I signed on with an online fitness coach that I found on Instagram. It seemed like a ridiculous idea at the time, but I’d been following a handful of these “coaches” on IG and was drawn by the wealth of knowledge that they were sharing. This knowledge was so intriguing to me, and I was truly at a loss when it came to figuring out the direction I wanted to go with my fitness journey. For about two years prior to this point, I had taken up resistance training and complementing that with cardio instead of focusing on a cardio-led regimen. I had put on an ok amount of muscle, enough that one morning my roommate (at the time) walked into the kitchen as I was preparing egg whites for breakfast and she nearly gasped at the sight of my arms in my t-shirt. So I clearly did not see what she saw (and frankly still have a hard time seeing progress which others seem to notice more clearly than I do), but I took it and ran with it. Back then I based my routines and knowledge off things I read online or on fitness magazines. Those things worked, but there was still something missing.
I narrowed my search for an online coach down to a guy who was less about being a half-naked muscle model (though at the same time – if you got it, flaunt it!), and more about being a fitness entrepreneur whose purpose was not only to live a fit lifestyle for himself, but to help others find the same head space. Was he strictly “healthy” all the time? At times, sure. Especially when prepping for a (physique) show or something along those lines. But he was so real that he shared his struggles with his own bouts of indulgence. And he didn’t take himself too seriously, which was miles-away the most appealing thing about him. After giving it some thought, I was up and running with him on a 4-week weight loss program. I followed it strictly, meal plan and all, for a month. After that was over, I continued with the plan on my own for another month, and sure enough I was ready as I could be for Spain. My friend’s camera was good to me, and the wine flights and food comas were definitely worth all the hard work I had put in.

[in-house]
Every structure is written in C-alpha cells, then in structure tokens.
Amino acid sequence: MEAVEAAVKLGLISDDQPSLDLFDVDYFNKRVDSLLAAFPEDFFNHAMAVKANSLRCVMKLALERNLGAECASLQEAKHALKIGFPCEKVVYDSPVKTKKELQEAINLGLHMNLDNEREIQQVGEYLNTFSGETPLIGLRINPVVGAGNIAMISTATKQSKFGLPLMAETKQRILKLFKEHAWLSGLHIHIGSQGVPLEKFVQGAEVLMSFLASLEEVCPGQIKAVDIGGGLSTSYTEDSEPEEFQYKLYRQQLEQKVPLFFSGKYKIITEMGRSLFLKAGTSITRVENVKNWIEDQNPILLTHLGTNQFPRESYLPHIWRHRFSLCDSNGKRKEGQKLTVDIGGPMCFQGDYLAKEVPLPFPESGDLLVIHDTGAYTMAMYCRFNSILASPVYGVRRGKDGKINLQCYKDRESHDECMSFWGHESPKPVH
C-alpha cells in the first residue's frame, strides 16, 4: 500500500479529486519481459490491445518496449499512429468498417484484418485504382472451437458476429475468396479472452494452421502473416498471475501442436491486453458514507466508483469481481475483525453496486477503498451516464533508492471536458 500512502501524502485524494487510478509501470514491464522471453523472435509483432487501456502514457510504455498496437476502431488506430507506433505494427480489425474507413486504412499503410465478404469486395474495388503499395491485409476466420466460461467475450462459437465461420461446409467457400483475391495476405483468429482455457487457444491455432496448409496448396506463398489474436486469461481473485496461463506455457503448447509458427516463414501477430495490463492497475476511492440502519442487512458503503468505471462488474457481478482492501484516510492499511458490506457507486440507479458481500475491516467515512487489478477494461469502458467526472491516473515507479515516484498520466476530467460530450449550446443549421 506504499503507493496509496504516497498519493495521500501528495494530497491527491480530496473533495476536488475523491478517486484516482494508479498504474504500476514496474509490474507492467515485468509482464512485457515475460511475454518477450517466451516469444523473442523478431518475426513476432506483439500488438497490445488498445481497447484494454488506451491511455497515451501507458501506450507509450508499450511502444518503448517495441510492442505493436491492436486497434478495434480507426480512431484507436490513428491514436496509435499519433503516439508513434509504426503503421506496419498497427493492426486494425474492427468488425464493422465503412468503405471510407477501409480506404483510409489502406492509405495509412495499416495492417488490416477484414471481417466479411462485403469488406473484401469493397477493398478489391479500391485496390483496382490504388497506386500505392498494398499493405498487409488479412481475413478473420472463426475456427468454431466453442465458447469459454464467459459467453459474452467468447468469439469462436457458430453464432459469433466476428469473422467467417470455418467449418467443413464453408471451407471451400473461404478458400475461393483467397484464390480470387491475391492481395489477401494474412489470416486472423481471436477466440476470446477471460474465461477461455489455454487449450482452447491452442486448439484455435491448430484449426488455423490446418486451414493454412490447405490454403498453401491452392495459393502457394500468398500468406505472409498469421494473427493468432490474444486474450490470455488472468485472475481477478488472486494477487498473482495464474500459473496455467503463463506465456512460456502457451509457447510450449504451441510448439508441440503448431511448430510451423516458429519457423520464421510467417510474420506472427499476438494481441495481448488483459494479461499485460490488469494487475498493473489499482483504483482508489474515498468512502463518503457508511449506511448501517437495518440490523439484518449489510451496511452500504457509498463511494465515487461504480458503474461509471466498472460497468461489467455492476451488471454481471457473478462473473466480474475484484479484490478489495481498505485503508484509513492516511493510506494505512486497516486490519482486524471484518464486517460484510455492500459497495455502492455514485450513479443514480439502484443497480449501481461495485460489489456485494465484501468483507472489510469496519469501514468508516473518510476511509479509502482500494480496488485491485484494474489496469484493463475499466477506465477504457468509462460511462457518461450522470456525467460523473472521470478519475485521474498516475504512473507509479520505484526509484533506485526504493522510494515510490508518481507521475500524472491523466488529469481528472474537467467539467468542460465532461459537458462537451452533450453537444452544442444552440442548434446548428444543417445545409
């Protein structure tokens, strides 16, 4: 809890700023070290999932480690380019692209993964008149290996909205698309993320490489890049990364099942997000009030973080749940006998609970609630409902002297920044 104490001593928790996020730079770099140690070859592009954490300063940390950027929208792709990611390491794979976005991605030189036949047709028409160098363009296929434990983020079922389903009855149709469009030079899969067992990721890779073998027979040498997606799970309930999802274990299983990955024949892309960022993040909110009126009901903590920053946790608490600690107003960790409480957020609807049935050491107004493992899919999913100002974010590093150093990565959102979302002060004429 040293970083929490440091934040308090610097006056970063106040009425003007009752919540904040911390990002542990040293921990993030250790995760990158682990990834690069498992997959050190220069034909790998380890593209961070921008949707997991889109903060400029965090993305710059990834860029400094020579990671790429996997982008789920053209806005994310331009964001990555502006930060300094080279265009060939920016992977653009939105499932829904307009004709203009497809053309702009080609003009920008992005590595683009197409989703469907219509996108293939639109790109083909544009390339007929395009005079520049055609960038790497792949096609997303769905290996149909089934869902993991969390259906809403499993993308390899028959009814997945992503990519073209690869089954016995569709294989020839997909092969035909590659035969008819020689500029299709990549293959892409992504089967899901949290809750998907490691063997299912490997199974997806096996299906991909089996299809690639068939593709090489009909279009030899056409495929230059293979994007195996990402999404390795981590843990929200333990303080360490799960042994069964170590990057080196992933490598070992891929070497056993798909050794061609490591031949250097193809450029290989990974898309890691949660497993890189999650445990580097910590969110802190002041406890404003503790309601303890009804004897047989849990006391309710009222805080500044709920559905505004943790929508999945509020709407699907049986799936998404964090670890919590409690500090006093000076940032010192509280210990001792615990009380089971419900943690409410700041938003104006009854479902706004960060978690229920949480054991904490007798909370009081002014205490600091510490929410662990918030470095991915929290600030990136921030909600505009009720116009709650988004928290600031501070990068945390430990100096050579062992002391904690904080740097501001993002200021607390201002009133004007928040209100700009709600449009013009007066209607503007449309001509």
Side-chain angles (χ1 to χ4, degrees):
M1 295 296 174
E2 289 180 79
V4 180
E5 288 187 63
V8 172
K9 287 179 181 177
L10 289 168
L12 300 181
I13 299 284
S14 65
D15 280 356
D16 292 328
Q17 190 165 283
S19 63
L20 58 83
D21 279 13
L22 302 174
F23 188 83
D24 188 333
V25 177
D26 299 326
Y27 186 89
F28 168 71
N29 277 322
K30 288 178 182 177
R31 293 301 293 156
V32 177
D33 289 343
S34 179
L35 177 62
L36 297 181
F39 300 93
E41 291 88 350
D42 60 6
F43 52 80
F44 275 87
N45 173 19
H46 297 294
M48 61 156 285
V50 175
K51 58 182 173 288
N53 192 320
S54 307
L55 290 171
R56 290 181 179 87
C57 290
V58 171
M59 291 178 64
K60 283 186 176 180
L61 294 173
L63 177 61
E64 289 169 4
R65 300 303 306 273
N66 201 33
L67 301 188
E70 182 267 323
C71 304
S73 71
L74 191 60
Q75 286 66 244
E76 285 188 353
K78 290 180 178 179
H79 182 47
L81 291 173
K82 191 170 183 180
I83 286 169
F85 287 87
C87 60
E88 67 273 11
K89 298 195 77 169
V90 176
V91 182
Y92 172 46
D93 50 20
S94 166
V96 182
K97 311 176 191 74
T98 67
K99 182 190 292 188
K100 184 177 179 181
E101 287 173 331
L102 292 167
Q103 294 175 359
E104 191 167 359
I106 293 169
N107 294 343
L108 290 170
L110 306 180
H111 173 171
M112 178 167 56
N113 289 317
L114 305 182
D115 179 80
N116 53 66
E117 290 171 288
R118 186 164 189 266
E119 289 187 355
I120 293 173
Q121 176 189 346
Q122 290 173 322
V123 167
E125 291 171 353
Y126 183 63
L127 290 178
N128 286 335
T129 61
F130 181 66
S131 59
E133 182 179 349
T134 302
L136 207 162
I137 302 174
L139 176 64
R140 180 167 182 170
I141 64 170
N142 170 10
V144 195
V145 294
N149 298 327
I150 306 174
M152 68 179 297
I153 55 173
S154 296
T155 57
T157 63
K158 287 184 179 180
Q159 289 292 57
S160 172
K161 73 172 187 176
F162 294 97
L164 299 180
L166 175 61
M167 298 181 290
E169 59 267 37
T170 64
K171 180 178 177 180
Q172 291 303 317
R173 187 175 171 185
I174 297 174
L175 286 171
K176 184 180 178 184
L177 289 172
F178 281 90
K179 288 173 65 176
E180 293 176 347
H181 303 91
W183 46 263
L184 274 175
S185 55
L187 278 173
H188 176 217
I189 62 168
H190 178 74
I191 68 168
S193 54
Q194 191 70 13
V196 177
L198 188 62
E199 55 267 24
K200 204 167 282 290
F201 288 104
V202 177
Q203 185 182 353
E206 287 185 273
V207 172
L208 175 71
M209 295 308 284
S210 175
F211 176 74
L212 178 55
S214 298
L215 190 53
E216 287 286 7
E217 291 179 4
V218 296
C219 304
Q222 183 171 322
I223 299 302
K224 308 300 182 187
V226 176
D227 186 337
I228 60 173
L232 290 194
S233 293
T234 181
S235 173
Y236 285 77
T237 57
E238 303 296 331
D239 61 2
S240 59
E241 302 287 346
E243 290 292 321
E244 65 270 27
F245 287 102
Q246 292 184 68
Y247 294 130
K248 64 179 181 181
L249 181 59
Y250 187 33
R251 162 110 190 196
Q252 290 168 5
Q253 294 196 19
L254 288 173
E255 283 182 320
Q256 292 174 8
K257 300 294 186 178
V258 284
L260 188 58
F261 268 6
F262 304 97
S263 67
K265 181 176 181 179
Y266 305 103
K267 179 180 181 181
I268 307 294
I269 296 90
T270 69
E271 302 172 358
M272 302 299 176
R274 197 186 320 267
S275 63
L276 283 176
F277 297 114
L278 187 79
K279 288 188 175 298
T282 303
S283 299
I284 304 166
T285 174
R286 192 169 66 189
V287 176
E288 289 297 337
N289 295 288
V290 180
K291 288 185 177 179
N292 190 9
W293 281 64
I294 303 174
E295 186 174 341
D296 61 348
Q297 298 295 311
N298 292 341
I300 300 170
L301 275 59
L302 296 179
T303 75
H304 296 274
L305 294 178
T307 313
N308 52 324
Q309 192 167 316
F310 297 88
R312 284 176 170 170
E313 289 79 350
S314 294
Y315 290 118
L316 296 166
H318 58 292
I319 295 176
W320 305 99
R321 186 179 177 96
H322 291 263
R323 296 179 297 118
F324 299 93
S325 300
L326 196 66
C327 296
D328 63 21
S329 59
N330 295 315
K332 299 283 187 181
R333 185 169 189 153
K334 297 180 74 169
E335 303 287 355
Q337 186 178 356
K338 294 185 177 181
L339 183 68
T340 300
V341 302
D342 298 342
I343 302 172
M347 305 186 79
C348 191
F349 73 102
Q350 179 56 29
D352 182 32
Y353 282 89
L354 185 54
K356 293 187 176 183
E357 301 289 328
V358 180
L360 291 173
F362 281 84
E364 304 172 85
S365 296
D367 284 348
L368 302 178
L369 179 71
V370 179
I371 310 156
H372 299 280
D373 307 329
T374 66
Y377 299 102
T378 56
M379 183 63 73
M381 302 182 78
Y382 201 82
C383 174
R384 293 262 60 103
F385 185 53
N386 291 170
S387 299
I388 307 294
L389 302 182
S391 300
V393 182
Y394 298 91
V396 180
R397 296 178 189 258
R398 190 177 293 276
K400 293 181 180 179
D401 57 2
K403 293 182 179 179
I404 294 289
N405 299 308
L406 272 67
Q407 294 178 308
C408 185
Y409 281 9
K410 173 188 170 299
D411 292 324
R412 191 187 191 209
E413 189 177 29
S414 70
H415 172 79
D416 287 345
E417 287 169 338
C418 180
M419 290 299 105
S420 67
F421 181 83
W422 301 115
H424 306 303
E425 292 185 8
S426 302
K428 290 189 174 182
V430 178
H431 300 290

When I was back Stateside, I had to face the reality that I probably ruined ALL of the hard work I had put into preparing for that trip. I enlisted in two consecutive 16-week programs with my online coach, this time capitalizing on the weight I had put on and working on turning that into lean gains. Those programs taught me the basics of building lean muscle mass while losing weight, the importance of weekly weigh-ins with my coach, and balancing out my eating habits.